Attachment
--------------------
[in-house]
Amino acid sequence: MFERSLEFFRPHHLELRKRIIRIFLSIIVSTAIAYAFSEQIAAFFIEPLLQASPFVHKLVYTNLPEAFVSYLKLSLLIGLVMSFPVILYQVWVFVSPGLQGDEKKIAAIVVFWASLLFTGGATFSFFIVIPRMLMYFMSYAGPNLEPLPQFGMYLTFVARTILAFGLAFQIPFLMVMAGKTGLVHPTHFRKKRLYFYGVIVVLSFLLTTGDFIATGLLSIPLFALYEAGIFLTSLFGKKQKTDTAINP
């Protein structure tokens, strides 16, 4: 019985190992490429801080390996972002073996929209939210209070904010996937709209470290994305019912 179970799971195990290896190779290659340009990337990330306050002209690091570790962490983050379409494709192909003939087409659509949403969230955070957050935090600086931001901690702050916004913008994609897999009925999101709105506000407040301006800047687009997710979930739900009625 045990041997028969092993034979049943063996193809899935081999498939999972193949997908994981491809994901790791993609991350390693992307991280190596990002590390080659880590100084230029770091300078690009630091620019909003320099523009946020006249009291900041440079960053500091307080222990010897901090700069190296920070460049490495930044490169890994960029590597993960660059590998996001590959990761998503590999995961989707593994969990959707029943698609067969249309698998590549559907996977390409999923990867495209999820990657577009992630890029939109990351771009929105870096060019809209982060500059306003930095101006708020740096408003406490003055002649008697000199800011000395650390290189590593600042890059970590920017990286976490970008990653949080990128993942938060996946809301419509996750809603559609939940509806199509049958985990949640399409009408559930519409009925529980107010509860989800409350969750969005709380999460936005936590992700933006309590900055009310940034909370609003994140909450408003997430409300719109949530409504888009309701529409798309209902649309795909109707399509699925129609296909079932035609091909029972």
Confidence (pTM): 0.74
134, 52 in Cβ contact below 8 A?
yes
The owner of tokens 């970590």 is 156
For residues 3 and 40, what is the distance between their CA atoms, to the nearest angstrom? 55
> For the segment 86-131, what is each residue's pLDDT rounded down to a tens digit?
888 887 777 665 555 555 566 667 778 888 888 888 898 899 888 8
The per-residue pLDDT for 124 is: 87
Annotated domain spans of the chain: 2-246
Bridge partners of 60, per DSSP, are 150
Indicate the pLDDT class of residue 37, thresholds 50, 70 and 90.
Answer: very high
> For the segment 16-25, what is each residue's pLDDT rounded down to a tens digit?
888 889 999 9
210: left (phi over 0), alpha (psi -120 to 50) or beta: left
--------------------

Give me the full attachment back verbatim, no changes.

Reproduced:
[in-house]
Amino acid sequence: MFERSLEFFRPHHLELRKRIIRIFLSIIVSTAIAYAFSEQIAAFFIEPLLQASPFVHKLVYTNLPEAFVSYLKLSLLIGLVMSFPVILYQVWVFVSPGLQGDEKKIAAIVVFWASLLFTGGATFSFFIVIPRMLMYFMSYAGPNLEPLPQFGMYLTFVARTILAFGLAFQIPFLMVMAGKTGLVHPTHFRKKRLYFYGVIVVLSFLLTTGDFIATGLLSIPLFALYEAGIFLTSLFGKKQKTDTAINP
């Protein structure tokens, strides 16, 4: 019985190992490429801080390996972002073996929209939210209070904010996937709209470290994305019912 179970799971195990290896190779290659340009990337990330306050002209690091570790962490983050379409494709192909003939087409659509949403969230955070957050935090600086931001901690702050916004913008994609897999009925999101709105506000407040301006800047687009997710979930739900009625 045990041997028969092993034979049943063996193809899935081999498939999972193949997908994981491809994901790791993609991350390693992307991280190596990002590390080659880590100084230029770091300078690009630091620019909003320099523009946020006249009291900041440079960053500091307080222990010897901090700069190296920070460049490495930044490169890994960029590597993960660059590998996001590959990761998503590999995961989707593994969990959707029943698609067969249309698998590549559907996977390409999923990867495209999820990657577009992630890029939109990351771009929105870096060019809209982060500059306003930095101006708020740096408003406490003055002649008697000199800011000395650390290189590593600042890059970590920017990286976490970008990653949080990128993942938060996946809301419509996750809603559609939940509806199509049958985990949640399409009408559930519409009925529980107010509860989800409350969750969005709380999460936005936590992700933006309590900055009310940034909370609003994140909450408003997430409300719109949530409504888009309701529409798309209902649309795909109707399509699925129609296909079932035609091909029972």
Confidence (pTM): 0.74
134, 52 in Cβ contact below 8 A?
yes
The owner of tokens 């970590």 is 156
For residues 3 and 40, what is the distance between their CA atoms, to the nearest angstrom? 55
> For the segment 86-131, what is each residue's pLDDT rounded down to a tens digit?
888 887 777 665 555 555 566 667 778 888 888 888 898 899 888 8
The per-residue pLDDT for 124 is: 87
Annotated domain spans of the chain: 2-246
Bridge partners of 60, per DSSP, are 150
Indicate the pLDDT class of residue 37, thresholds 50, 70 and 90.
Answer: very high
> For the segment 16-25, what is each residue's pLDDT rounded down to a tens digit?
888 889 999 9
210: left (phi over 0), alpha (psi -120 to 50) or beta: left